You may have done everything right on your website but you’re still wondering why your pages aren’t converting as effectively as they should? The answer could lie in the way you’ve created your call to actions. You may need to re-look at your web page call to actions (CTA’s) and make changes if they’re not performing the way you want.
Reasons Your Call To Actions Aren’t Performing Effectively
Sometimes, visitors simply don’t know what they should do for a number of reasons. Some of them include:
- Your web page has too many options and users simply don’t know what they’re supposed to do.
- The CTA’s on your website are difficult to identify.
- You’re not using the right CTA language to get users to do what you want.
- The CTA’s don’t optimise well for other devices like tablets and mobiles.
- The CTA’s are too complex or are too obligatory and users don’t want to commit at that stage.
Poorly performing CTA’s could hurt your overall business so it’s important that you take a look at every page and start making changes.
Ways To Improve Your Call To Actions
Luckily, poorly performing CTA’s can be fixed and you can start getting the conversions you actually want. You simply need to diagnose the specific issue and make changes. Here are some ways you can improve your call to actions:
- Identify the main goal you want to achieve from every web page – Don’t ask readers to do too many different things (follow you on socials, subscribe for emails) on your website because this can overwhelm them. Identify the main goal and stick to it.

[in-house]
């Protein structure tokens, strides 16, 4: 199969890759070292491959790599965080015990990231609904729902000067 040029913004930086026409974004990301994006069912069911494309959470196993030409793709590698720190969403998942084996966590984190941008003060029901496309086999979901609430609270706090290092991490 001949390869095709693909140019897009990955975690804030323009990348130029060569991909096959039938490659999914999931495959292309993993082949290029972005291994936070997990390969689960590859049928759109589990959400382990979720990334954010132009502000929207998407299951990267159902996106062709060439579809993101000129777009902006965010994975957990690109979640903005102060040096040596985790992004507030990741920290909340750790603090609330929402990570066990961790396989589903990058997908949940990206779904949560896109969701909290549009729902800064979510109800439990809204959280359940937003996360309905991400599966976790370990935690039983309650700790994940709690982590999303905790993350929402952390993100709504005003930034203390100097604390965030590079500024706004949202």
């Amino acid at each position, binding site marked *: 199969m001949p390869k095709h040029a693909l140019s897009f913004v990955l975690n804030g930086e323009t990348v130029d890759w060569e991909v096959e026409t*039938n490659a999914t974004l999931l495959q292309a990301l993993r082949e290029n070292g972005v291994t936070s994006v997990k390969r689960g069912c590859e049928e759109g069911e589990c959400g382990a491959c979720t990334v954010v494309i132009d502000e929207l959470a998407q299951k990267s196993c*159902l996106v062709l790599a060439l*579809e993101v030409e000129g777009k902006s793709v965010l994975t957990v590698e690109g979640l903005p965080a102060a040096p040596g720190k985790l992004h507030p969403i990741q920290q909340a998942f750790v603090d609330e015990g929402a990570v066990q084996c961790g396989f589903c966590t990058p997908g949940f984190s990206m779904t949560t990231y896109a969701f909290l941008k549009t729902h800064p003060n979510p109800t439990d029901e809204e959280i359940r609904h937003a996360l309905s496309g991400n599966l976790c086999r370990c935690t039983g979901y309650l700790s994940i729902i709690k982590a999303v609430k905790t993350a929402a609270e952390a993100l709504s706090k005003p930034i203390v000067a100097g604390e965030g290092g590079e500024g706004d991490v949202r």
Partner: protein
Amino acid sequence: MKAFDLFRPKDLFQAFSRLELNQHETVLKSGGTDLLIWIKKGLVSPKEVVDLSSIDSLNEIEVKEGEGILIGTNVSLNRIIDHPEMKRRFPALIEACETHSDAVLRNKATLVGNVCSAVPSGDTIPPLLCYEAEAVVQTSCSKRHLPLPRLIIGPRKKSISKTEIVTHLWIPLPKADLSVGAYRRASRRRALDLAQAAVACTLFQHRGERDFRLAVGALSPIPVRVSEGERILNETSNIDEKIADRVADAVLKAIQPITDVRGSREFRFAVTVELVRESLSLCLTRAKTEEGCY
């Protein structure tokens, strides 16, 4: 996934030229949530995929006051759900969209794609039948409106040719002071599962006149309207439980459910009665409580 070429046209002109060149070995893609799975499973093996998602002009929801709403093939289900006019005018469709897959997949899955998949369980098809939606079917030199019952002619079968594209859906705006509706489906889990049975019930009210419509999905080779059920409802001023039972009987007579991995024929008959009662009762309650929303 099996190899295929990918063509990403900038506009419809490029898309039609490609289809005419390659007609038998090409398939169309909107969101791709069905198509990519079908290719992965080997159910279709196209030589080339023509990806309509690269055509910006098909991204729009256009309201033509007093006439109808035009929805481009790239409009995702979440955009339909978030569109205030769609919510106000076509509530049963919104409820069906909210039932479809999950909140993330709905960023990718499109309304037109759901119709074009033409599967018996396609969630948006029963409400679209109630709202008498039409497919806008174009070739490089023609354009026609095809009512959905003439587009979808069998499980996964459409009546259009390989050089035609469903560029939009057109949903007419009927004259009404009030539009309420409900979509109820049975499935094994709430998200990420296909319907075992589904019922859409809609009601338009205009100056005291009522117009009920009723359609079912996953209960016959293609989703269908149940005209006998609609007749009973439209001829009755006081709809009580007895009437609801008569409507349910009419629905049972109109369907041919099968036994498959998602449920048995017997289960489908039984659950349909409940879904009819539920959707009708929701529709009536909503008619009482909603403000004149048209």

- Avoid making visitors work too hard to identify the CTA – If a visitor cannot identify the CTA, they will leave your pages without doing anything. Don’t make it so hard by creating a clear and concise CTA that is visible and action-oriented.
- Only get must-have data from your readers – Don’t ask for too much info from the reader because they may leave. Just get the basic information you need and ask for more data down the road.
- Don’t overcrowd your CTA with too much text – Your CTA needs to be prominent so readers know exactly what they need to do. Avoid overloading with too much text and leverage whitespace as much as possible.
- Optimise for mobile – Web pages read differently on smaller mobile devices so your CTA must be optimised to have a prominent appearance when a person visits your web pages from them.
- Use specific action-oriented copy – Generic CTA’s may not get you the conversions you want so your CTA needs to be as specific and action-oriented as possible.
- Offer free trials and discounts – Many brands ask users to buy something without offering any value in return. Depending on your business, try offering a discount or free trial to establish a relationship with the reader before trying to get them to buy something from you.
- Be clear about the benefits – Readers must understand the benefits of the call to action for it to make a real difference to them. Be as clear as possible.
- Cover off pain points with solutions – If you know what your target audience is frustrated with, use this knowledge to cover off pain points with solutions that enrich their lives. Tell them how through your CTA’s.
- Use CTA button colours that contrast – You want the CTA to stand out as much as possible so use colours that contrast with the background so they can easily be found on a computer or mobile screen. The underpinning principle here is that the CTA should pop out against other screen text.
- Consider different CTA’s on every web page – It’s important to look at different CTA’s for different content pages so you maximise the opportunities presented to you to get leads. This way you don’t put all your eggs in one basket and have multiple opportunities to get new leads for your business.
Once you’ve nailed down your CTA strategy and found ways to improve, you’ll start noticing how much easier it has become to convert leads into genuine sales for your business. Just remember that every CTA you plan should work towards helping you achieve what you want for your business. They should not compete with each other because this will confuse readers and hurt your overall strategy.